i2c address finder

How to find I2C address using Arduino

Hello guys, today in this basic tutorial we will learn about I2C and I2C addresses. These are generally used in microcontrollers having SDA and SCL pins. As like USB port we can pair up to 127 devices to this I2C port. And like USB this one also need 4 pins, VCC, GND, SDA, SCL. USB stands for Universal Serial Bus and I2C for Inter-Integrated Circuit and this protocol widely used for short distance communication.

Arduino I2C:

The I2C protocol involves using two lines to send and receive data: a serial clock pin (SCL) that the Arduino Controller board pulses at a regular interval, and a serial data pin (SDA) over which data is sent between the two devices. As the clock line changes from low to high (known as the rising edge of the clock pulse), a single bit of information – that will form in sequence the address of a specific device and a a command or data – is transferred from the board to the I2C device over the SDA line. When this information is sent – bit after bit -, the called upon device executes the request and transmits its data back – if required – to the board over the same line using the clock signal still generated by the Controller on SCL as timing.


Because the I2C protocol allows for each enabled device to have its own unique address, and as both controller and peripheral devices to take turns communicating over a single line, it is possible for your Arduino board to communicate (in turn) with many devices, or other boards, while using just two pins of your microcontroller. Our Arduino uno board has one I2C port, same at two different place in one board. A4 as SDA and A5 as SCL, the other one is above A-reference pin known as D18 and D19, SDA and SCL respectively.

Why I2C Address:

We can connect many devices to this port, every device need a unique address so that Arduino can send proper signals and distinguish between the devices. All this is done by finding the address of that connected device. Now follow these steps to get the I2C address of any connected device or sensor.


This is very awesome when using own Arduino for this work, because you can manage the pins and overall looks of any project. All of this is possible by JLCPCB.


I made my own Arduino board, compatible and fully working one. Check them from here with all the circuit and Gerber files. JLCPCB is the only company providing high quality PCB’s in just $2. And If you sign-up using this link, you will get extra rewards and free coupons of worth $27. Checkout to JLCPCB and SMT assembly service from here.

Arduino 3d.png

Finding I2C address:

First of all, make the connection of device with Arduino using I2C pins. For example, if you want to know the address of LCD display. Connect using this schematic here.


Cirkit Designer Is a one-stop-shop desktop application for designing and documenting circuits and electronics projects. With Cirkit Designer, you can lay out realistic circuit diagrams that are linked to a bill-of-materials so that you can seamlessly order the parts to your circuit.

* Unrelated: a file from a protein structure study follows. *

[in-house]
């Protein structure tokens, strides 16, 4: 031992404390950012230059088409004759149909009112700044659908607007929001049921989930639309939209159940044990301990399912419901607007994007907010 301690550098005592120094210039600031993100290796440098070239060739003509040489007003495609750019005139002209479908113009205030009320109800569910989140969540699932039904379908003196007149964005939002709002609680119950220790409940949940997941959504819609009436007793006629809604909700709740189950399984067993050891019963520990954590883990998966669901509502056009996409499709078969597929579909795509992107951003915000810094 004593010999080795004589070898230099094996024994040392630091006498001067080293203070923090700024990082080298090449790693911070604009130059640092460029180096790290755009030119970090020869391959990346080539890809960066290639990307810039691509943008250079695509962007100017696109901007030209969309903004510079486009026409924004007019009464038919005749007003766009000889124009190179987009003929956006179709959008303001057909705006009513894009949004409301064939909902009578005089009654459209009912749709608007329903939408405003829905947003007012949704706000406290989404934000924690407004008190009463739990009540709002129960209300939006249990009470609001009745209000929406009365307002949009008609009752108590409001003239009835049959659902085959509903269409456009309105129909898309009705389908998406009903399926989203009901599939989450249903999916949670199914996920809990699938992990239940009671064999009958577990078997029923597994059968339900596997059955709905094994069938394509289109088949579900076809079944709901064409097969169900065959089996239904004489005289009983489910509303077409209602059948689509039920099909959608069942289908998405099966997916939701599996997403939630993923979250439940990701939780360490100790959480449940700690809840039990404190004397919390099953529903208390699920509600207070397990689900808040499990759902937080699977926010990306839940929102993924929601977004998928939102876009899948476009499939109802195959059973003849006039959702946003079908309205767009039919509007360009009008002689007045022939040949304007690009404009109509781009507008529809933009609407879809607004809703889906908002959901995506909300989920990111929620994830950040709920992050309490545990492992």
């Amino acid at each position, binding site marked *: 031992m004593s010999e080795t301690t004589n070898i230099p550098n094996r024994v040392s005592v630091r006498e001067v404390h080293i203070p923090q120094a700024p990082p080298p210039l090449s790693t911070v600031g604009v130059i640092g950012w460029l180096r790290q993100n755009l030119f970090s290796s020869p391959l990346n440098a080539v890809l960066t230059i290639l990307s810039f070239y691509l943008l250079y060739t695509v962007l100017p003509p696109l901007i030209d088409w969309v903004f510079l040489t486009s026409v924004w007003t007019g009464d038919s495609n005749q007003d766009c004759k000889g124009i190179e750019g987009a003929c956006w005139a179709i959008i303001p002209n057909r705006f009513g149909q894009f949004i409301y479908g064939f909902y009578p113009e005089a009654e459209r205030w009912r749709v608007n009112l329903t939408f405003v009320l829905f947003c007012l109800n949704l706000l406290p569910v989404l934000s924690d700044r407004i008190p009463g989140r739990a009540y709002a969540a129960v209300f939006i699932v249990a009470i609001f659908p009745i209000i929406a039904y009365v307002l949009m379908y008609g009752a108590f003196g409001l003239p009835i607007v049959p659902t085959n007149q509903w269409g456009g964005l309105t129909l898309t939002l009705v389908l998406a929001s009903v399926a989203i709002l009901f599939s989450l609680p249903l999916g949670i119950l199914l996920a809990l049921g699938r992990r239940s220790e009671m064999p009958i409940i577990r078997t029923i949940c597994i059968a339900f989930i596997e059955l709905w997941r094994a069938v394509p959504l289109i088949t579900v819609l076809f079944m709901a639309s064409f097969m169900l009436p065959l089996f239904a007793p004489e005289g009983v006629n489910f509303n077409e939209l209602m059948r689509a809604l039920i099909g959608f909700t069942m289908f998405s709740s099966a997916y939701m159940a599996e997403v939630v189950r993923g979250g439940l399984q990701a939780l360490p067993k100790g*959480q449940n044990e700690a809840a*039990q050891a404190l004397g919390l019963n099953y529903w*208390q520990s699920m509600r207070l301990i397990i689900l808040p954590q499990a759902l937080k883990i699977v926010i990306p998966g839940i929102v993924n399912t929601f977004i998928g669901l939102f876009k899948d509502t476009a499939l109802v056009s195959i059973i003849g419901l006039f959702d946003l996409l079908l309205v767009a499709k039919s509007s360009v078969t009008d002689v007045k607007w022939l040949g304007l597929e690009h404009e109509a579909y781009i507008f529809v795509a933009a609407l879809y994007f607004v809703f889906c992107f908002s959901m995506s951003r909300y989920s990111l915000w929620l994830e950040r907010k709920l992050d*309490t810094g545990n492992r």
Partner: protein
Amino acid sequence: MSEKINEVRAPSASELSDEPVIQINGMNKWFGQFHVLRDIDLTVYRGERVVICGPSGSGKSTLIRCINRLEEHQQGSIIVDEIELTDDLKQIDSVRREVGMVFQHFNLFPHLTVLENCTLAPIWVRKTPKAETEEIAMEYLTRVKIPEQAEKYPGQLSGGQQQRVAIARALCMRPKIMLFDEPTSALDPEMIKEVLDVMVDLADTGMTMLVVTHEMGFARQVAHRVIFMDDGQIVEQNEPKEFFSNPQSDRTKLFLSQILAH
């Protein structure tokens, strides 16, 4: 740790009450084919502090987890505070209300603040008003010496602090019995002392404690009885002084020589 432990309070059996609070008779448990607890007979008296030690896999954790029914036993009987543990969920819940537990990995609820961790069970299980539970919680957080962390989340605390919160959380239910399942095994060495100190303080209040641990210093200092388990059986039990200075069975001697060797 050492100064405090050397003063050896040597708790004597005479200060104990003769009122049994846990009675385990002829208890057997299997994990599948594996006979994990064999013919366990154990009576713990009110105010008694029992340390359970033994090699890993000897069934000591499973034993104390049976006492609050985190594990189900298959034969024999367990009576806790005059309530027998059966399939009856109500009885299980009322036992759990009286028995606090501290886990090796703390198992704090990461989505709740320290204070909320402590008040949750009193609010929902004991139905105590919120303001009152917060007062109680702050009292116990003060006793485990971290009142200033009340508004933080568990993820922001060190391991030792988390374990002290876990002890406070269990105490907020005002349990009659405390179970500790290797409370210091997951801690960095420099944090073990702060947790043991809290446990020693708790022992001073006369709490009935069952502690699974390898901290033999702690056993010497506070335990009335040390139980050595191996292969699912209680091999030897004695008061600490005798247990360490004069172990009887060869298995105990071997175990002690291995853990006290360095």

Download cirkit designer from HereIn the next release, Cirkit Designer is adding a code IDE with full support for compiling and programming Arduino boards, as well as a library of reference circuit designs (circuit templates including documentation, components and wiring, and code). Cirkit Designer will become the one-stop-shop to help you progress from concept to fully working breadboard prototypes. Simulation will also be added in the future, so that you can test your circuit before buying parts and building anything.Now flash this code file to Arduino’s memory:

  This sketch tests standard 7-bit addresses.
  Devices with higher bit address might not be seen properly.*/
#include <Wire.h>

void setup() {

  while (!Serial);
  Serial.println("\nI2C Scanner");

void loop() {
  byte error, address;
  int nDevices;


  nDevices = 0;
  for (address = 1; address < 127; address++ ) {
    error = Wire.endTransmission();

    if (error == 0) {
      Serial.print("I2C device found at address 0x");
      if (address < 16)
      Serial.print(address, HEX);
      Serial.println("  !");

    else if (error == 4) {
      Serial.print("Unknown error at address 0x");
      if (address < 16)
      Serial.println(address, HEX);
  if (nDevices == 0)
    Serial.println("No I2C devices found\n");


Open the serial monitor and get the right address of the device, use one device at a time when finding the address.


Some widely used applications:

Accessing real-time clocks and NVRAM chips that keep user settings.Accessing low-speed DACs and ADCs.Changing sound volume in intelligent speakers.Controlling small (e.g. feature phone) LCD or OLED displays.Reading hardware monitors and diagnostic sensors, e.g. a fan’s speed.Turning on and off the power supply of system components.

Similar Posts

Leave a Reply

Your email address will not be published. Required fields are marked *